Saturday, June 25

“They came for my daughter”: Afghan single mothers face losing their children under the Taliban regime | Global development


The day after Mazar-i-Sharif, the provincial capital of Balkh province, fell to the Taliban on August 14, gunmen came after Raihana’s six-year-old daughter *.

Widowed when her husband was killed by Taliban forces in 2020, Raihana had been raising her son as a single mother. After her husband’s death, she fought her in-laws for custody of their daughter and won, thanks to the rights she had under Afghan civil law, which states that single women can keep their children if they can support them financially.

Now, with her city in the hands of the Taliban, Raihana was alone.

“The day after the fall of Mazar-i-Sharif, my brother-in-law showed up at my father’s house, where I lived, with the Taliban fighters demanding to give them my daughter,” Raihana told The Guardian.

Raihana was lucky. She and her daughter were not at home when the gunmen arrived. As soon as he found out, he took his son and fled from Mazar-i-Sharif to Kabul.

“They wanted to take my daughter from me,” he said. “We hid in sacks of flour in the back of a truck and when the driver found us we begged him to take us to Kabul.”

Once in the Afghan capital, Raihana went from embassy to embassy seeking help. Eventually his sister, who lives in the UK, was able to fly the two of them out of Afghanistan to safety. They are now in Manchester.

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“I managed to get out of Afghanistan after so many difficulties. I am so happy that my daughter is with me, ”says Raihana. “I am grateful to the UK government.”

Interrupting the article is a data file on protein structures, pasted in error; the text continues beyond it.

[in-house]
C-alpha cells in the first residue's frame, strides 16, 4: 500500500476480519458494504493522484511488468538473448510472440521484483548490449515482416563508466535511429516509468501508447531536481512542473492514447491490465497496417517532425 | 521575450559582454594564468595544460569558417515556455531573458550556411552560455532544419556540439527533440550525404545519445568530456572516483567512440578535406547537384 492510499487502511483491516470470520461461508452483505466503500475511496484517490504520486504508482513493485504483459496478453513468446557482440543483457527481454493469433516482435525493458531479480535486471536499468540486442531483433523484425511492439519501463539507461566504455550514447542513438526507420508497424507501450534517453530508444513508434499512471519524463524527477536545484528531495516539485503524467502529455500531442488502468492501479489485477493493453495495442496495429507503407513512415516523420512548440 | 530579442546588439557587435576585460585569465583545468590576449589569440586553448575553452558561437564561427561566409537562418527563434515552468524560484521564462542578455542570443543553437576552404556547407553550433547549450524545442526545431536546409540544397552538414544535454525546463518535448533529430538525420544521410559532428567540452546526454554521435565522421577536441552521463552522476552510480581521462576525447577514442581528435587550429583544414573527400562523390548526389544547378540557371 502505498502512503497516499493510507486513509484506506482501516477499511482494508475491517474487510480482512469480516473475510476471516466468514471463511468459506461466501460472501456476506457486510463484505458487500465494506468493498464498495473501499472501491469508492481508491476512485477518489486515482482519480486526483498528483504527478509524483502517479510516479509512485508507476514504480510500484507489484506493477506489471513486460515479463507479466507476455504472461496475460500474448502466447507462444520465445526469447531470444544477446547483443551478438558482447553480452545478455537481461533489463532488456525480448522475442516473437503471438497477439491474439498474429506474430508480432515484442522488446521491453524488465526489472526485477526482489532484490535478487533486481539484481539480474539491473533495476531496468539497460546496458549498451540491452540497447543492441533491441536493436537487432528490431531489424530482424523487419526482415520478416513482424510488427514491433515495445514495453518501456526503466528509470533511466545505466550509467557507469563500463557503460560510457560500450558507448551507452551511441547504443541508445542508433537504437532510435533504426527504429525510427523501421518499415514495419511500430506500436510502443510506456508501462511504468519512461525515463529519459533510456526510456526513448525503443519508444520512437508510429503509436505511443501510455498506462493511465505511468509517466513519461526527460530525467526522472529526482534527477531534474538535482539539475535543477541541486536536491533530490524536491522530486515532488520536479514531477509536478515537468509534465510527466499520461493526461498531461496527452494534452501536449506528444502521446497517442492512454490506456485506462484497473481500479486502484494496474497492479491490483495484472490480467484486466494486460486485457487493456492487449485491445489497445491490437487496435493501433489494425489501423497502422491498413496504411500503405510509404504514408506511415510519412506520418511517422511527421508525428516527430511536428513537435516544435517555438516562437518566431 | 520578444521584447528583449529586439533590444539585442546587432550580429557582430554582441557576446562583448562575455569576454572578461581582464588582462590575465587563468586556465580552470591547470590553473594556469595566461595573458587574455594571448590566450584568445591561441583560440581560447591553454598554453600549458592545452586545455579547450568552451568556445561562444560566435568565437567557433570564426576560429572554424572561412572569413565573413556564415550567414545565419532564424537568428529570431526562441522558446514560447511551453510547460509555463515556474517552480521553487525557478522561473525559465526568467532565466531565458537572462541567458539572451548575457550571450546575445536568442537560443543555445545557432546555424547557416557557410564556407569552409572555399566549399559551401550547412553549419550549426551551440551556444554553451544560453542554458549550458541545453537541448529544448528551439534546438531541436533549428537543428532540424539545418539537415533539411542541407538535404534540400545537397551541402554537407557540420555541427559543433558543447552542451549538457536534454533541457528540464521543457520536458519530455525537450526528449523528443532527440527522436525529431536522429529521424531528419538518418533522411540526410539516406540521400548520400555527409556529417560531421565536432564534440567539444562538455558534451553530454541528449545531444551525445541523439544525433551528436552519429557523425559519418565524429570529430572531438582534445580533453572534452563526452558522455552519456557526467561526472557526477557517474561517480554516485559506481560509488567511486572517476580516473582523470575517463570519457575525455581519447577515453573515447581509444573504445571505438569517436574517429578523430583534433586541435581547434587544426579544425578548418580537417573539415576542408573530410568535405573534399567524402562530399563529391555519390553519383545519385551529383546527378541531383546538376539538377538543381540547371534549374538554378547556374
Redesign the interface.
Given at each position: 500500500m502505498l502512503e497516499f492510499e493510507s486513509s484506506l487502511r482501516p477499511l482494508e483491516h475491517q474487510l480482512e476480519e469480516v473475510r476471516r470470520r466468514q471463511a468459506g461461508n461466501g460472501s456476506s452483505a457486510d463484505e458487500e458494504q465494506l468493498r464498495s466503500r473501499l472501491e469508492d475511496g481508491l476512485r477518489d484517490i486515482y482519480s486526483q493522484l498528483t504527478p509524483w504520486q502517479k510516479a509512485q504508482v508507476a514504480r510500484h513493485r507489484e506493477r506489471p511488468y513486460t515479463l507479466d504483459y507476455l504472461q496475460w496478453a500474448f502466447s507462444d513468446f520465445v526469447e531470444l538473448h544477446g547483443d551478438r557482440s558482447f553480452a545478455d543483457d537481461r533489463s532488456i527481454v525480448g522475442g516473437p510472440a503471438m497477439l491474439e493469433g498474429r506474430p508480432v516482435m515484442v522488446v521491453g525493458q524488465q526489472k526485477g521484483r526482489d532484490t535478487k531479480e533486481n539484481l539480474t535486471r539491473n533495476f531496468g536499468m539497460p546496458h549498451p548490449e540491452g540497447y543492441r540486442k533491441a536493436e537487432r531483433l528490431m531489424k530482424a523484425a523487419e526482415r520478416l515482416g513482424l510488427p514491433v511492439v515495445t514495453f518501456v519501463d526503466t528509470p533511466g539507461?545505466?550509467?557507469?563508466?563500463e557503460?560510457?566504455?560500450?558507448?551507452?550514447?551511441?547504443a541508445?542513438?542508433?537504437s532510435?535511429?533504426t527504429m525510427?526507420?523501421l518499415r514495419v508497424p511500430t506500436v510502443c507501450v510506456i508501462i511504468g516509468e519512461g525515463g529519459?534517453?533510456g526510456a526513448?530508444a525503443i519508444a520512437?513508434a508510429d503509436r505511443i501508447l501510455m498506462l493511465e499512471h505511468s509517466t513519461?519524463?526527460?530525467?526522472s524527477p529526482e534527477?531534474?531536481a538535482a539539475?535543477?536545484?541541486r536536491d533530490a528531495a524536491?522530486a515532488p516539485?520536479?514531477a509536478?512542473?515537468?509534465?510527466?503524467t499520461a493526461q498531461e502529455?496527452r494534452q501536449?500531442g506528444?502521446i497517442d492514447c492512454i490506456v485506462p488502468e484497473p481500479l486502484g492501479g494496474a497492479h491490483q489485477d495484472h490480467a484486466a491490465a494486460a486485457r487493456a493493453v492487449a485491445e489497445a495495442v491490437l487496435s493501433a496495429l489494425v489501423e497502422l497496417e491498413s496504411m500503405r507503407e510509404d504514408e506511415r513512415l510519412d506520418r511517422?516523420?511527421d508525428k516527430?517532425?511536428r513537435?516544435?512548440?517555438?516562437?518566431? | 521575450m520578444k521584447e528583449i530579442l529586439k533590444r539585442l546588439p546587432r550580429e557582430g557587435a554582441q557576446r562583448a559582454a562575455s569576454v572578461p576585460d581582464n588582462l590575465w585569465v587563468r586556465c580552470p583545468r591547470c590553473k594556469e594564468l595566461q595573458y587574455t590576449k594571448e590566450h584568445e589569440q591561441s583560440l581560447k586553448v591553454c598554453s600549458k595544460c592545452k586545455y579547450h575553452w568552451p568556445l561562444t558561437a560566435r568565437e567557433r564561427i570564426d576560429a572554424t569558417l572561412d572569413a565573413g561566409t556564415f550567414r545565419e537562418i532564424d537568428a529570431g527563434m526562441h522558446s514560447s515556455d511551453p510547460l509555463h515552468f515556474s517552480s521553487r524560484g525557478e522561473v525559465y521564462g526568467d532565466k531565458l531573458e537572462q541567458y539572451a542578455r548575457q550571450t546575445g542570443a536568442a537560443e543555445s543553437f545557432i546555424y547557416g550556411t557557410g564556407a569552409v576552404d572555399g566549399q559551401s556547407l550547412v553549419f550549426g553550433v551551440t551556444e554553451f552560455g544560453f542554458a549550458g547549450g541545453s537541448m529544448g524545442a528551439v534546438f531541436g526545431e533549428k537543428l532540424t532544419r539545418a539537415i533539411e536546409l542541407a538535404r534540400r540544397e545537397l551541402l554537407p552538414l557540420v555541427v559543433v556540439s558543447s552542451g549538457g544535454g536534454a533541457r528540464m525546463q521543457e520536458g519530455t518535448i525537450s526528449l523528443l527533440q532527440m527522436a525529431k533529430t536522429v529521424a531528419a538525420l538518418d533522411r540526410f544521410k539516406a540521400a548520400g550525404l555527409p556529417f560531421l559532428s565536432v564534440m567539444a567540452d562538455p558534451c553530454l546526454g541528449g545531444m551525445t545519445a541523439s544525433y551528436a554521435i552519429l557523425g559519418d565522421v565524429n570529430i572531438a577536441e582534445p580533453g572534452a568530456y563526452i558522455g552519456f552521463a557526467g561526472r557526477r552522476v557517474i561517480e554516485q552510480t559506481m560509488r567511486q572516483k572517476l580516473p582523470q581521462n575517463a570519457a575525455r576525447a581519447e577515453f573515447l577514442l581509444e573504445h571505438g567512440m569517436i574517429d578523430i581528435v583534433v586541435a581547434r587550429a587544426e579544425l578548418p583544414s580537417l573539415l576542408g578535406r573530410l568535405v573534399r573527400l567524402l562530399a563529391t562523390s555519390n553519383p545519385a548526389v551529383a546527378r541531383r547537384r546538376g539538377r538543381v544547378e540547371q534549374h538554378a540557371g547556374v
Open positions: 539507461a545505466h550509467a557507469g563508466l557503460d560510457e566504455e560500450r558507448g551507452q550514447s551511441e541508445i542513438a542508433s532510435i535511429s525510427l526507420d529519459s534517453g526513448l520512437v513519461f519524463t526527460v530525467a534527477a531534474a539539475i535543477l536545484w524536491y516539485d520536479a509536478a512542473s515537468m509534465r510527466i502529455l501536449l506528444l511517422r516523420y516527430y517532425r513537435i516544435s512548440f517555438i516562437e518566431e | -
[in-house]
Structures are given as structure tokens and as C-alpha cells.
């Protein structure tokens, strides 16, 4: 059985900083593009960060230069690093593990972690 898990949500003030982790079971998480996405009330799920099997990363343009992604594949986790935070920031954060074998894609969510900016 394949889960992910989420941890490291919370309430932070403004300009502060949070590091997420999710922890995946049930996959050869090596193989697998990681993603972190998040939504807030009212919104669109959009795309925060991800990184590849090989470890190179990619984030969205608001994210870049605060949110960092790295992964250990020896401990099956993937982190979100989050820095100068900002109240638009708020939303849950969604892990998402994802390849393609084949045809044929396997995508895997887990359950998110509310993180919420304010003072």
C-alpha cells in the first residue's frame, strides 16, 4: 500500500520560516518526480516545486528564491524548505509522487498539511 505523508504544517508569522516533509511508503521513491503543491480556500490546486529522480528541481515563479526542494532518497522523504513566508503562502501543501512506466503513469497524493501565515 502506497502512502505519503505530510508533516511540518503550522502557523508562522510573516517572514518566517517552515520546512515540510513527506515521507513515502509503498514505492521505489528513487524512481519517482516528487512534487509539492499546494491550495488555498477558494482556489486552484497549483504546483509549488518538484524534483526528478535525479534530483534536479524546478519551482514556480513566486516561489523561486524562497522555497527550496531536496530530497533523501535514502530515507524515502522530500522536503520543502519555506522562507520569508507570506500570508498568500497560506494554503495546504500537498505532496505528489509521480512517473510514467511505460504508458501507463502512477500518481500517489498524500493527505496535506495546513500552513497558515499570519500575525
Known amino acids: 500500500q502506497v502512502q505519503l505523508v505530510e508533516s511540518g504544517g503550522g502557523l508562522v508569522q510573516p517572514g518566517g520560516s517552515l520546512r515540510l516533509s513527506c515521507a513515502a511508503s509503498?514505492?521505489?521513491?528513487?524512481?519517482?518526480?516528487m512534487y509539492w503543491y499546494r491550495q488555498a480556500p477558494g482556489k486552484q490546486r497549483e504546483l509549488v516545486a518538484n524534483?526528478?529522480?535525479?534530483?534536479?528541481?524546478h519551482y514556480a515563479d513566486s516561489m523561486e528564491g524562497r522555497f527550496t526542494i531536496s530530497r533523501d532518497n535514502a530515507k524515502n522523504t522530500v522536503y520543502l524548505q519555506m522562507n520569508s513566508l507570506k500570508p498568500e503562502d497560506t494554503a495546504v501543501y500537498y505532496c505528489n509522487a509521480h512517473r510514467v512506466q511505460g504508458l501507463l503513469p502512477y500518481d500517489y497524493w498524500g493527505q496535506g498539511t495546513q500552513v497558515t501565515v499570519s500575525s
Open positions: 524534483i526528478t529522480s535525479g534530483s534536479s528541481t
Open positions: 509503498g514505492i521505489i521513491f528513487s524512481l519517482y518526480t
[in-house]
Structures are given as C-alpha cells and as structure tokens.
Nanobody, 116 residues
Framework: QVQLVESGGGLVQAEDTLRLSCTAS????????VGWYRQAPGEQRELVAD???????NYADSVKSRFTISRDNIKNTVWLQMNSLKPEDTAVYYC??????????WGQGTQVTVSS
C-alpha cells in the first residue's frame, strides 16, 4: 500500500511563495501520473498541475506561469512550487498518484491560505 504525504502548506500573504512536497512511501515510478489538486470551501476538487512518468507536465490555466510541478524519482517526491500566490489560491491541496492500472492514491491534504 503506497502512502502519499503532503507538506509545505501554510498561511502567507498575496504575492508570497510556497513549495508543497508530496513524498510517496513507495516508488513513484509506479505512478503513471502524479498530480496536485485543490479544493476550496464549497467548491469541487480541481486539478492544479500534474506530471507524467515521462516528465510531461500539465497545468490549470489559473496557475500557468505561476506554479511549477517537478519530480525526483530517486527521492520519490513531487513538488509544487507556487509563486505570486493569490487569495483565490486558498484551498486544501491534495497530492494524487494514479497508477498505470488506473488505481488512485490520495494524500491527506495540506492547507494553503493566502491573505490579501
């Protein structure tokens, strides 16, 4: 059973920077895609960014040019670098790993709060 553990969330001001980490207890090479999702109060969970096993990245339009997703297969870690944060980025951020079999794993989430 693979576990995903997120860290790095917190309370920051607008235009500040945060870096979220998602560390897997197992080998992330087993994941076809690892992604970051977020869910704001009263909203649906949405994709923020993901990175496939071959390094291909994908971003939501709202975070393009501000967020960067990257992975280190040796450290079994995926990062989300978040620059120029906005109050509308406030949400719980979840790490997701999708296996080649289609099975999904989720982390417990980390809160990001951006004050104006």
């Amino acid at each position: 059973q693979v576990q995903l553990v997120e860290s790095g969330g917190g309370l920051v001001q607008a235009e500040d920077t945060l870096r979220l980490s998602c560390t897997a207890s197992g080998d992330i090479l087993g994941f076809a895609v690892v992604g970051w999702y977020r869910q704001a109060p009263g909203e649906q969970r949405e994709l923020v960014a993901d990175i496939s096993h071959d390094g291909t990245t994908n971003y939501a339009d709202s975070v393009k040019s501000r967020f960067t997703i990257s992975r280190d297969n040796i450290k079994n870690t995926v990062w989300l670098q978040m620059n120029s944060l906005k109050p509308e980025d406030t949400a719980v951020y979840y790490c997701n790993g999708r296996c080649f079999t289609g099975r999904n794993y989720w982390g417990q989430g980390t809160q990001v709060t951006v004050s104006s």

The lives of single mothers in Afghanistan have always been marred by stigma, poverty and marginalization. Now, with the Taliban in command, the few protections they had have disappeared and their situation is increasingly desperate.

Yalda, 28, a single mother of three, hides in Kabul while her ex-husband searches for their children.

“My ex-husband is a member of the Taliban now and he is trying to take my children,” she said. “My father’s house is surrounded. They constantly harass them, looking for me and my children. He wants to take advantage of any opportunity he gets. “

Yalda * says her husband terrorized her for years. “My father arranged the marriage when I was only 14 years old. I didn’t know anything about being married, I was still a child myself, ”she says.

Soon after, Yalda became pregnant and had two more children in the following years. She also discovered that her husband was a member of the Taliban. She says her marriage was one of violence and abuse.

“He wouldn’t let our daughter go to school. He hit me with his belt when I insisted [that she go to school]. My body is covered with marks from their violence, ”he says.

In 2014, Yalda decided she had had enough. “One winter night, when my husband was with the Taliban, I took our children and ran away. It was very cold and dark but I managed to escape with the help of our neighbor. I took my children and got into a car that was going to Kabul ”.

Yalda fled to Pakistan and returned to Afghanistan only when her husband was arrested and imprisoned by the Afghan security forces. When she returned, she was granted custody of her children, but now, with the Taliban back in power, she is terrified of what will happen. Still in hiding, she hopes her US visa application will be successful, but has no idea how she will be able to leave.

“I have endured a lot for my children since 2014,” he says. “I have tolerated a lot of pain to maintain them. I was both mother and father to them.

“I will never abandon them, but I need help to keep them with me.”

* names have been changed


www.theguardian.com

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